iMac

About

The original and most distinctive version of the iMac, the iMac G3, was a uniquely-shaped all-in-one desktop computer, fitted with a CRT monitor, and contained within a rather egg-shaped translucent plastic case. It was the case that was one of the biggest sources of comment at launch, with both the shape and the rather unexpected variety of colours causing comment and sparking a minor revolution in consumer electronics. The G3 underwent several updates until it was replaced by the iMac G4 in 2002. The iMac G4 had a base that was shaped like half a football, and was used to house all the main electronic componentry, with a monitor mounted on the top on a freely-moving arm.

The iMac G4 was replaced in 2004 by the iMac G5, which had all the circuitry and components located behind the glass screen, with the monitor attached to a plain stand which only allowed it to be tilted or raised. From the G5 onwards, the iMac had lost the rather eccentric shapes of the G3 and G4, and all the future iMac models resembled the conventional desktop computers we are familiar with today. Since 2006, the iMac has been running on Intel processors, and has been undergoing major updates roughly every 2 to 3 years, until the 7th version, the 27-inch iMac with 5K Retina Display and an aluminium unibody, which came about in 2014 and was updated in 2015 with a 21.5-inch version. A further addition to the iMac range was made in 2017, when the iMac Pro was released in December of that year.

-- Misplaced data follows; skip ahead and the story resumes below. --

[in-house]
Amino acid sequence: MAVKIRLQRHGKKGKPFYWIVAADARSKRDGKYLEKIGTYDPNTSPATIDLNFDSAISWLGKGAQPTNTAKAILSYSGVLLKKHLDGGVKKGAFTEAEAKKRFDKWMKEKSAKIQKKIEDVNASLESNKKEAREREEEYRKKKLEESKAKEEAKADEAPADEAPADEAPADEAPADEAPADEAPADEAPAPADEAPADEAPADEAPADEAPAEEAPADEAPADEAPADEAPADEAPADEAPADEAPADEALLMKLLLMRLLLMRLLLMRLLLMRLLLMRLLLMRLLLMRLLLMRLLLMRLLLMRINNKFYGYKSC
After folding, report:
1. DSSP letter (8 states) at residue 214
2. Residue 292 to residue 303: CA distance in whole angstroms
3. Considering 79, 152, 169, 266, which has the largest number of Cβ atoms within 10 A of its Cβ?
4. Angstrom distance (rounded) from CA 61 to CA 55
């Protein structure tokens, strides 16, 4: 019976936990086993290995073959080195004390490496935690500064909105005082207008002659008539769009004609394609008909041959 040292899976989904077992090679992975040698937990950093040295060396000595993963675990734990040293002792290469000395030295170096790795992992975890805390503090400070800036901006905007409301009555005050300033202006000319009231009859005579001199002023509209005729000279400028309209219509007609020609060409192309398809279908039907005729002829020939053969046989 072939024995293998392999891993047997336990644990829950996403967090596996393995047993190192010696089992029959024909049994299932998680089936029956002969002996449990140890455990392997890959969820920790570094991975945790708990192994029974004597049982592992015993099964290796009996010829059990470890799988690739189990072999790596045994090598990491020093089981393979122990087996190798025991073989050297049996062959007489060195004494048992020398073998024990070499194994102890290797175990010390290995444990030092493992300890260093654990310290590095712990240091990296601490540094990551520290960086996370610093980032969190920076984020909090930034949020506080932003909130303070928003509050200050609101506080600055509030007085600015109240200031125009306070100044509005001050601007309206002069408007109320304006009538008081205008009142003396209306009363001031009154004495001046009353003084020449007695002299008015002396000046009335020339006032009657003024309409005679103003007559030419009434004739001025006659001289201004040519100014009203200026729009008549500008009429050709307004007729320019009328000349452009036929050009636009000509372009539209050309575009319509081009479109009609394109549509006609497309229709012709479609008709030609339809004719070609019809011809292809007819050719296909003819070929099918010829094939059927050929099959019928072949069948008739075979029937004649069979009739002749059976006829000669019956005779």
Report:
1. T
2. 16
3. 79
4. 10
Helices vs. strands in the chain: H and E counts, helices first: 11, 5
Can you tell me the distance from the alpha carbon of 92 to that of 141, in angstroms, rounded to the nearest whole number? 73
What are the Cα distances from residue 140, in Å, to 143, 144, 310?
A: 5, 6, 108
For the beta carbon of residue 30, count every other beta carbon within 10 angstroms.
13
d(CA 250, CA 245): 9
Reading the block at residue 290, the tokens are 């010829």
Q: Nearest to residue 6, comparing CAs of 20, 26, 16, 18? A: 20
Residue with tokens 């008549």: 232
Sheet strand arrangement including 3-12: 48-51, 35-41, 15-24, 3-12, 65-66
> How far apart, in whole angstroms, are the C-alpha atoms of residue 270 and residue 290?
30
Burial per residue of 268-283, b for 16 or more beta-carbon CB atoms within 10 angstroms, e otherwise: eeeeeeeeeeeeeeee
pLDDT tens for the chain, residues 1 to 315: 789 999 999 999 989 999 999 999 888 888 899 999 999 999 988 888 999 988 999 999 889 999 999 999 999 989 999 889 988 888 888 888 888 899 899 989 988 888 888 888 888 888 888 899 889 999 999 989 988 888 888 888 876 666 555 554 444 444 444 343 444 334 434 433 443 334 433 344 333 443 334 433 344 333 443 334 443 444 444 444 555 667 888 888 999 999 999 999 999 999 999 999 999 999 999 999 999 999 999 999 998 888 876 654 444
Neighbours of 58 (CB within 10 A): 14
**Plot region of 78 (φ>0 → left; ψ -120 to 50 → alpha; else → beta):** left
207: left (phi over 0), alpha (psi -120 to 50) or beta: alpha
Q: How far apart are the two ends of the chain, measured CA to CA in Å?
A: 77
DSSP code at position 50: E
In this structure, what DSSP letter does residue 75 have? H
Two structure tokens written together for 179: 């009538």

Specifications

  • Display: 27-inch LED-LCD & 21.5-inch LED-LCD
  • Resolution: 5,120 x 2,880 & 4,096 x 2,304
  • CPU: Intel Core i3, i5, i7 or i9
  • RAM: 8GB+
  • Storage capacity: 1 to 3TB HDD or Fusion Drive, up to 2TB Flash
  • Colour: Silver

Repairs

Whichever version of iMac you own, from the highly-coloured early model, through the slightly eccentric update with a domed base, to the sleeker, more conventional aluminium unibody version, you need it to be working to its full potential. The good news is that you are never far away from an Apple expert – an iTech, who can diagnose and fix all the types of problems that may befall your iMac. Whether it’s a slow performance issue, a software problem or a hardware failure, you can call on an iTech to either visit you at home or at your office to repair your iMac, or you can take your computer along to the nearest repair centre. Whichever you choose, your iMac will get the attention it deserves at a price you will be able to afford. Don’t struggle along with a non-functional iMac, get it fixed by your local iTech today.

  • Screen repair / replacement
  • OS reinstallation
  • Hard drive (HDD) upgrade
  • Solid State Drive (SSD) upgrade
  • Multi-Drive Combo (HDD + SSD)
  • Graphic card faulty
  • Data recovery service
  • Memory upgrade
  • Diagnostic service

Prices

iMac repair costs vary and are constantly changing. We will keep updating this page so you can get an idea on what you should be paying for repairs in your area.

Date Device iTech Location Repair Cost

How it works